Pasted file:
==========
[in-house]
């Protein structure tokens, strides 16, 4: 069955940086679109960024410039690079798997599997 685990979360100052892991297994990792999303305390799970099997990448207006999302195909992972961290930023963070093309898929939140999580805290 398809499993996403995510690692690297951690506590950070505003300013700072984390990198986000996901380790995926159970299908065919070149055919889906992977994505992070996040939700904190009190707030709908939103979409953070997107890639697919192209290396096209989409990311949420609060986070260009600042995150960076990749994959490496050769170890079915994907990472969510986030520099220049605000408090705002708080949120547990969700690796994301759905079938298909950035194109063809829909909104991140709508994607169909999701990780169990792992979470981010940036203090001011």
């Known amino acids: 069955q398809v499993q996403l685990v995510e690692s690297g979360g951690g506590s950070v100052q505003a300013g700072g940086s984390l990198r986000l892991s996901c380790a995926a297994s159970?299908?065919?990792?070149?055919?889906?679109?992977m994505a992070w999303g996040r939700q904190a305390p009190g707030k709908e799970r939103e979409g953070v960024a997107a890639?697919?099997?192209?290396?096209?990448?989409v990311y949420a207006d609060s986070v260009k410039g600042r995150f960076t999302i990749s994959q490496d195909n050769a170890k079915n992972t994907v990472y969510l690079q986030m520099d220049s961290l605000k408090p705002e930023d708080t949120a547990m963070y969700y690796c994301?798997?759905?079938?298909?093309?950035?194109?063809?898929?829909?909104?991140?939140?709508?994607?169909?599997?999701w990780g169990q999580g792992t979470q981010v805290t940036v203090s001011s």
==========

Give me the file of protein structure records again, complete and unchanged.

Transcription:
[in-house]
């Protein structure tokens, strides 16, 4: 069955940086679109960024410039690079798997599997 685990979360100052892991297994990792999303305390799970099997990448207006999302195909992972961290930023963070093309898929939140999580805290 398809499993996403995510690692690297951690506590950070505003300013700072984390990198986000996901380790995926159970299908065919070149055919889906992977994505992070996040939700904190009190707030709908939103979409953070997107890639697919192209290396096209989409990311949420609060986070260009600042995150960076990749994959490496050769170890079915994907990472969510986030520099220049605000408090705002708080949120547990969700690796994301759905079938298909950035194109063809829909909104991140709508994607169909999701990780169990792992979470981010940036203090001011």
């Known amino acids: 069955q398809v499993q996403l685990v995510e690692s690297g979360g951690g506590s950070v100052q505003a300013g700072g940086s984390l990198r986000l892991s996901c380790a995926a297994s159970?299908?065919?990792?070149?055919?889906?679109?992977m994505a992070w999303g996040r939700q904190a305390p009190g707030k709908e799970r939103e979409g953070v960024a997107a890639?697919?099997?192209?290396?096209?990448?989409v990311y949420a207006d609060s986070v260009k410039g600042r995150f960076t999302i990749s994959q490496d195909n050769a170890k079915n992972t994907v990472y969510l690079q986030m520099d220049s961290l605000k408090p705002e930023d708080t949120a547990m963070y969700y690796c994301?798997?759905?079938?298909?093309?950035?194109?063809?898929?829909?909104?991140?939140?709508?994607?169909?599997?999701w990780g169990q999580g792992t979470q981010v805290t940036v203090s001011s």